Annisul Huq is one of the celebrated Personalities of our trade, commerce and industrial arena. He is the President of Federation of Bangladesh Chamber of Commerce and Industry (FBCCI). Very recently he has been elected as the President of  SAARC Chamber of Commerce & Industry. A Former President of Bangladesh Garments Manufacturer and Exporters Association (BGMEA) Mr. Aminul Huq is the Chairman of Mohammadi Group. Born on, October 27,1952 at a village Goshbag of Sudharam Thana Under Noakhali district. His father’s name is Md. Shariful Huq. Annisul Huq did his Master in Economics from Chittagong University. His Mohammadi Group consists of 12 garments in which around five thousand people are working. The sister concerns of this group are; The Mohammadi Limited, Mohammad group Limited, Anirban Garments Limited, MG Shirtex Limited, MG Knit Fabrics Limited, Arrow Apparels Limited, Mohammadi Packages Limited, Techno-Vista Limited (one of the largest Software Development Company). He is Chairman, Boarding Vista Limited (A Joint Venture software Development Company with Denmark). Chairman MG Properties Limited, and chairman Desh Energy Limited, Mr. Annisul Huq served as President of Bangladesh Garments Manufacturer and Exporters Association (BGMEA) for two terms (2005 & 2006). He has also been on the Executive Committee board of BGMEA for 12 years. Mr. Huq played a significant role for the development of RMG sector when he was the President of BGMEA. He served as the only signatory & negotiator of the Minimum Wage. Board of Readymade Garments & Textile sector and negotiated for four months in 2006 to finalize minimum wage of garments & fully and enforced form October 22, 2006. He also initiated negotiation for duty free access of Bangladesh apparels and the formation of the 17 member Caucus of the members of the Senate and Congress of USA. Mr. Huq worked extensively for changing of European Union Rules of Origin favoring Bangladesh duty free access. Currently he has been serving as President of Sharif Rowshan Memorial Trust (Kabirhat Government College), Sharif Rawshan Welfare Foundation and also a Vice President of Rakeya Lutful Huq Memorial Trust and Maimuna Rashid Zohrul Huq Memorial Trust. He also carried out his responsibility as a Director of International Chamber of Commerce (ICC)

Alongside business Mr. Annisul is involed with extracurricular activities. He is very well-known to the mass people as a popular TV Presenter. Once he was a presenter of a popular program ‘Anandomela’. He also interviewed Prime Minister and other political leaders of the country in important national issues. He is a Commercially Important Person (CIP) of the government of Bangladesh

Original Article is Published on : Reflection News
June 29, 2011

Link to the Original Article

Annisul Huq set to become new chief of FBCCI

Annisul Huq is set to become the next president of the Federation of Bangladesh Chambers of Commerce and Industry (FBCCI), as his panel swept elections to the apex trade body. According to official results, Annisul’s panel bagged 19 posts of directors out of 24, while MA Rouf Chowdhury-led panel got only five directors’ seats.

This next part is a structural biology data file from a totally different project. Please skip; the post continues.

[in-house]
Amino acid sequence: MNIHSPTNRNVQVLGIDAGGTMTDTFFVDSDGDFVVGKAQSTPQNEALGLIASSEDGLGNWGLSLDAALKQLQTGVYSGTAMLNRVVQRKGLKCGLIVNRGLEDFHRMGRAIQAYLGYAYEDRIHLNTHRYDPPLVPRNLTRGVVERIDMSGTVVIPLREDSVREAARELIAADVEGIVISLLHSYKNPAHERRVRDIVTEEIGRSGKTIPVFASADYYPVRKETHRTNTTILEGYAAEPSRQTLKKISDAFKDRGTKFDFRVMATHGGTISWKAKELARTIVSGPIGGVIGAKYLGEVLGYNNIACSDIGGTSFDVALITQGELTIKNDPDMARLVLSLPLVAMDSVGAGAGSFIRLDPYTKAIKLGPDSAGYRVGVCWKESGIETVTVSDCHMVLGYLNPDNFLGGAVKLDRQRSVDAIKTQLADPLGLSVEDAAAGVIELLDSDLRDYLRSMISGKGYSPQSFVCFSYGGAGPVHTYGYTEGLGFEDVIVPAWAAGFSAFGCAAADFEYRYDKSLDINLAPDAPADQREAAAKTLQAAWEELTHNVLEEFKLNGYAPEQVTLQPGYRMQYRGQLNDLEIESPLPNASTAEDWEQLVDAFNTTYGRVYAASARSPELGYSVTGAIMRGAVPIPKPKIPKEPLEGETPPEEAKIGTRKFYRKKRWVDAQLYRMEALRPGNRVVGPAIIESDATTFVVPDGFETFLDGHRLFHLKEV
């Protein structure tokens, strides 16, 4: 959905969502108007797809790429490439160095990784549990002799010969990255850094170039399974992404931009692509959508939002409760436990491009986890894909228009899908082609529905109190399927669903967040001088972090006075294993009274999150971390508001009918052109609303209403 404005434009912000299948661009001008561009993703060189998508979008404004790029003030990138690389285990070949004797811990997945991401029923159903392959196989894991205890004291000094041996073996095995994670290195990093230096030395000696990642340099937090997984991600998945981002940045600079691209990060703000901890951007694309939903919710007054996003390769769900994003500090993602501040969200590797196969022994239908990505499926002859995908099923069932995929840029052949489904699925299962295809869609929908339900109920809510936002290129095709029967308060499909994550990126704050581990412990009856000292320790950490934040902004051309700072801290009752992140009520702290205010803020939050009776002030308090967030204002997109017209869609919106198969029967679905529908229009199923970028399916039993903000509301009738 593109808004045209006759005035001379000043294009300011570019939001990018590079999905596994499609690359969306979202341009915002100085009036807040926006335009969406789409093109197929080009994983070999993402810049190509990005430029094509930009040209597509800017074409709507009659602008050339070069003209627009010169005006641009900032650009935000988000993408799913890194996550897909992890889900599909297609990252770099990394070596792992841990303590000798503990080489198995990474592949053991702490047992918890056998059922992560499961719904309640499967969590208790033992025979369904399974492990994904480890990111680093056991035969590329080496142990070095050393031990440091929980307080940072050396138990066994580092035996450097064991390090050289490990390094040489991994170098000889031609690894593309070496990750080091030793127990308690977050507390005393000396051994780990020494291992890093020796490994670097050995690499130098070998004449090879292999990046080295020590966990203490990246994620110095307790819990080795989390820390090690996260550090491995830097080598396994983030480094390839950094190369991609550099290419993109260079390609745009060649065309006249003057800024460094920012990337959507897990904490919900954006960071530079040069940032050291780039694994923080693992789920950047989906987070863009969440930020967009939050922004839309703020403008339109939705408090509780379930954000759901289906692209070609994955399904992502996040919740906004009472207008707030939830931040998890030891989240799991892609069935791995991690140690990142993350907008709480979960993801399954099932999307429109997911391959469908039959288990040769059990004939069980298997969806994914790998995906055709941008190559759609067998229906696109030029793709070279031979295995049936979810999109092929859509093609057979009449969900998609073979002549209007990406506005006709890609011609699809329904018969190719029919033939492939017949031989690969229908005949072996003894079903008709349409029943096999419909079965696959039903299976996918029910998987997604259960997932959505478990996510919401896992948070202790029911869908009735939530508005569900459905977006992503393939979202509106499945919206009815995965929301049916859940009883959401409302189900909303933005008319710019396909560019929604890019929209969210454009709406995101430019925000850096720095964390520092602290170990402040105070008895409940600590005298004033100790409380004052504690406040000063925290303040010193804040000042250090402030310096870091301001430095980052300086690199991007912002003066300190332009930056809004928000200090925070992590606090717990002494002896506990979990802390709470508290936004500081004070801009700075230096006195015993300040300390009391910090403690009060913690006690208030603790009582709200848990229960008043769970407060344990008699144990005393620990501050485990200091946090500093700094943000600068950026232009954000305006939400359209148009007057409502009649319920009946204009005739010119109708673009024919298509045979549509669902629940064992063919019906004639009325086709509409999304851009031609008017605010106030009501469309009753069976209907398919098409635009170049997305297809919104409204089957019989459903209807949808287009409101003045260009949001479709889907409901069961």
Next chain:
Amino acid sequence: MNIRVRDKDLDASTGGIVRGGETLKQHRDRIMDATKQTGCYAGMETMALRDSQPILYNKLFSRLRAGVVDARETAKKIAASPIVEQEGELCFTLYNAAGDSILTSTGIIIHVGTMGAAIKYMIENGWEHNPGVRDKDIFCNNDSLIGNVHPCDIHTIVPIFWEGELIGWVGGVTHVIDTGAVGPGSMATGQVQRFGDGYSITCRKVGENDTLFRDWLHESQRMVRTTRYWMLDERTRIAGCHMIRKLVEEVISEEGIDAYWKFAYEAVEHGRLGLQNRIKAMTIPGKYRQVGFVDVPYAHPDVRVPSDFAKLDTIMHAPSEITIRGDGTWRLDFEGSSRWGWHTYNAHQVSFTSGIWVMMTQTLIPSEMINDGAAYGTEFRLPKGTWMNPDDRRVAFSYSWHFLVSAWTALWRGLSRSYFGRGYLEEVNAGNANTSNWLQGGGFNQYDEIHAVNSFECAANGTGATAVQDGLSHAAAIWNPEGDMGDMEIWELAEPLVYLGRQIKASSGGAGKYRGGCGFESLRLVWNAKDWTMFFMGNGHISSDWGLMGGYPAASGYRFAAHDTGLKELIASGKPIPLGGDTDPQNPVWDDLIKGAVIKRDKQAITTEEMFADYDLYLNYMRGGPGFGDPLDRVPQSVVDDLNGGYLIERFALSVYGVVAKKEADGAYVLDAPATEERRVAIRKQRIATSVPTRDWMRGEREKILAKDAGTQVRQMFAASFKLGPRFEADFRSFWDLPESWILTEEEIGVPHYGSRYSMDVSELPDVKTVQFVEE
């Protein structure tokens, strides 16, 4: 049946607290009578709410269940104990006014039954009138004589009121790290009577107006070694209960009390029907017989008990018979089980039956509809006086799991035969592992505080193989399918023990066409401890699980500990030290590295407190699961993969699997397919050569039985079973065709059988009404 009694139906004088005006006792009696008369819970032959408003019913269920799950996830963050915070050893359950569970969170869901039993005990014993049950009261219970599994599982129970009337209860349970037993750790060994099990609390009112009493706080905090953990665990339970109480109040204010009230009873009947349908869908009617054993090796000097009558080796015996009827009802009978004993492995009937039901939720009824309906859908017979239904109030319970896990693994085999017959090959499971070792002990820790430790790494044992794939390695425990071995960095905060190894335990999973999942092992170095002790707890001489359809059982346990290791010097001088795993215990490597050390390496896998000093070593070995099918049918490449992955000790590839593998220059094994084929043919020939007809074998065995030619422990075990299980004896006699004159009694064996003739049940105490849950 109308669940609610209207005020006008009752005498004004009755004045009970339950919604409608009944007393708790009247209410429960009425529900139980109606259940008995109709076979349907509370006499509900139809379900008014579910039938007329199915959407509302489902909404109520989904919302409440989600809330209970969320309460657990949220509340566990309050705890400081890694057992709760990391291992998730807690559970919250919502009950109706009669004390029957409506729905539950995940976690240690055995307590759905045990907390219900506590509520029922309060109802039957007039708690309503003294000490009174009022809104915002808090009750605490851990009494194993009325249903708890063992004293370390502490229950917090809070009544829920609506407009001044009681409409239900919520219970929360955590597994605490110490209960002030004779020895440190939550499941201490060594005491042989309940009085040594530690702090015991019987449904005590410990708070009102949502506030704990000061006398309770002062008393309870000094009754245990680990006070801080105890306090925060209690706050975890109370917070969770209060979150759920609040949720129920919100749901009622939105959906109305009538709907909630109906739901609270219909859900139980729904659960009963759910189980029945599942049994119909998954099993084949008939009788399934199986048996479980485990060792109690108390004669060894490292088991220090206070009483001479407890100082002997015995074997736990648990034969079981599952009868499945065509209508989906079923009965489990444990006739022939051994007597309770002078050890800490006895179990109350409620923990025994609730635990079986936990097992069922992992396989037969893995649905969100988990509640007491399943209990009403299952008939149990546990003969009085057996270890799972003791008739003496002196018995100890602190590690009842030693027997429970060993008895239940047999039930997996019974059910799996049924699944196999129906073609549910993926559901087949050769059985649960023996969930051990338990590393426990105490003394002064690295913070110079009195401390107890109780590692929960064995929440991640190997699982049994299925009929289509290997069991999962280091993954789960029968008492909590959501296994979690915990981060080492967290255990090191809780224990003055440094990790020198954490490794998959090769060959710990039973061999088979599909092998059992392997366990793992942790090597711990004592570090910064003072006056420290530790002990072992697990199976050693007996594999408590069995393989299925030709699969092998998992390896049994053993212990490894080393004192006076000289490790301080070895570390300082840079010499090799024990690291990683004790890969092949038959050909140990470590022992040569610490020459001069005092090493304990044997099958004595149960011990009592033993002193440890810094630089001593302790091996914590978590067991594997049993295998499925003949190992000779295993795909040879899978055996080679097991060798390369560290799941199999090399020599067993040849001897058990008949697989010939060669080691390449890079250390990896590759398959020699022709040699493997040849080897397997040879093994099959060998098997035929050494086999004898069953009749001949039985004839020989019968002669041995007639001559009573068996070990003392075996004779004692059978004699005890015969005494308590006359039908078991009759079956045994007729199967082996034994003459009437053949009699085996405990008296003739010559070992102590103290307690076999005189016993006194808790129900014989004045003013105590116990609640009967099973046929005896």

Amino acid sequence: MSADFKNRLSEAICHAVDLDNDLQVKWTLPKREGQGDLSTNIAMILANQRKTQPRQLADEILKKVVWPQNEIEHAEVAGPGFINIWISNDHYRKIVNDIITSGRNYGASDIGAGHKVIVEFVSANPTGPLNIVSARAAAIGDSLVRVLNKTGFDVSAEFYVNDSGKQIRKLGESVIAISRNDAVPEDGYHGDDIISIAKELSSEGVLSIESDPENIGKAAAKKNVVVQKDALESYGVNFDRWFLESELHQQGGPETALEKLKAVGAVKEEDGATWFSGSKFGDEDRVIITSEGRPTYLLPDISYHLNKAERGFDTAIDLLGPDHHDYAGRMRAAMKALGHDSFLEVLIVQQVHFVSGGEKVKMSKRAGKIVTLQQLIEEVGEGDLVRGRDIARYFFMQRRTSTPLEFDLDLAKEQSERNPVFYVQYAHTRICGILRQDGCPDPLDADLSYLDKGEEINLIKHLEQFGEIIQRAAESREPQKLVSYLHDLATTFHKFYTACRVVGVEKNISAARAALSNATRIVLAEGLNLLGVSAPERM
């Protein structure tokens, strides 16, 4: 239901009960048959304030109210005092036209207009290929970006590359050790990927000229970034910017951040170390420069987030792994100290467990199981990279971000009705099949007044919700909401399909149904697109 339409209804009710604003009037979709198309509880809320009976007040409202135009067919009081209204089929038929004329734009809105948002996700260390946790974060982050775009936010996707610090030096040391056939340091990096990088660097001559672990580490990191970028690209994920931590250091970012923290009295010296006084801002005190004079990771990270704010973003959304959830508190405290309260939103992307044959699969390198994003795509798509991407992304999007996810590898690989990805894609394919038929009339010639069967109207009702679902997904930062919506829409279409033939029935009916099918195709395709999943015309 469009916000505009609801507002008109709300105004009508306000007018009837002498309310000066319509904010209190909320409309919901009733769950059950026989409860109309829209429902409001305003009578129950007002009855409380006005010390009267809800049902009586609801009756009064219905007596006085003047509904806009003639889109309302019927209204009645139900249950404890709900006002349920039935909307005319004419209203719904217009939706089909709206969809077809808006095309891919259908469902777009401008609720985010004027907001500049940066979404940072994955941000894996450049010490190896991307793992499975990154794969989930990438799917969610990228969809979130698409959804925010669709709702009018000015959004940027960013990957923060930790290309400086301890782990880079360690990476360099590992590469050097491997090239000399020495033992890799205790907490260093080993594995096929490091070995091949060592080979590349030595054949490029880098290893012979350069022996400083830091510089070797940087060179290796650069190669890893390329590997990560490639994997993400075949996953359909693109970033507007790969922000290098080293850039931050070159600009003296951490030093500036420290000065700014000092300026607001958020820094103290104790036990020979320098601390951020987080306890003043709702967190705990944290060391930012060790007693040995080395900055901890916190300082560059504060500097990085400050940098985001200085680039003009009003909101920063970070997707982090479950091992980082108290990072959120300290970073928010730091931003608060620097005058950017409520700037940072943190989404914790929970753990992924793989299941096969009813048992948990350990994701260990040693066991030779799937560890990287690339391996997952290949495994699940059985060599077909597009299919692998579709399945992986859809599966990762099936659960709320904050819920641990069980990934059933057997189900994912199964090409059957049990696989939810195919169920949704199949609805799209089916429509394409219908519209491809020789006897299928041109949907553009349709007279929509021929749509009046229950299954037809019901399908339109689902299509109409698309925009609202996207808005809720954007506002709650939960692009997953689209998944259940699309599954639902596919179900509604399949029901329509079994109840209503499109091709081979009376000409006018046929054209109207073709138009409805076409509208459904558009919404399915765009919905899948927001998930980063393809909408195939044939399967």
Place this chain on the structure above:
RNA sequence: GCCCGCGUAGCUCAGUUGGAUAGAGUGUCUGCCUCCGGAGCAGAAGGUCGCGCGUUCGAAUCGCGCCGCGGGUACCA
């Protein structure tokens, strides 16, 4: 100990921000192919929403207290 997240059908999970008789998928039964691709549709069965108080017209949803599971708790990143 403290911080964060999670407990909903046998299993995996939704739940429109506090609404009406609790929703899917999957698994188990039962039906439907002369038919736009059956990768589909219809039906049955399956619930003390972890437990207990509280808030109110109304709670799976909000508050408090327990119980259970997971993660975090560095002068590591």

With the 19 posts and his own one, Annisul has emerged as the majority panel. Annisul is a nominated director by the Bangladesh Garment Manufacturers and Exporters Association (BGMEA). Annisul has also the majority supports from the nominated directors in the chamber and association groups. The election for the post of one president and two vice-presidents will be held at 4pm today.

There are 24 directors — 12 each from chamber and association groups — who are elected through direct balloting in first phase, and 14 other directors — seven each from the leading chamber and association groups — who are nominated by respective chambers and associations. The 38 directors elect a president and two vice-presidents in the second phase, for a two-year term.

�The voters gave their verdict in favour of us because of our sincerity, commitment and leadership quality. We need to keep our promises. We need to do a lot of things in the coming days for the country’s economy,� Annisul said talking to The Daily Star.

The result of the association group’s balloting was announced at dawn yesterday. Of the 12 directors, Annisul’s panel bagged eight posts, while Rouf’s grabbed the rest four posts.

Winners of Annisul-led panel from association group are Obaidur Rahman (882 votes) of Bangladesh Aluminium Manufacturers’ Association, Shafquat Haider (854 votes) of Bangladesh Association of Software & Information Services, Farukul Islam Shova (805 votes) of Bangladesh Dress Makers’ Association, Mohammad Jalal Uddin (715 votes) of Bangladesh Bread Biscuit and Confectionery Manufacturers Association, Anwar Hossain (692 votes) of Bangladesh Jewellery Manufacturers & Exporters Association, Abdul Haque (635 votes) of Bangladesh Reconditioned Vehicles Importers & Dealers Association, Abu Alam Chowdhury (625 votes) of Bangladesh Craft and Giftware Exporters Association, and Mohammad Belayet Hossain (621 votes) of Bangladesh Chemical & Perfume Merchant Association.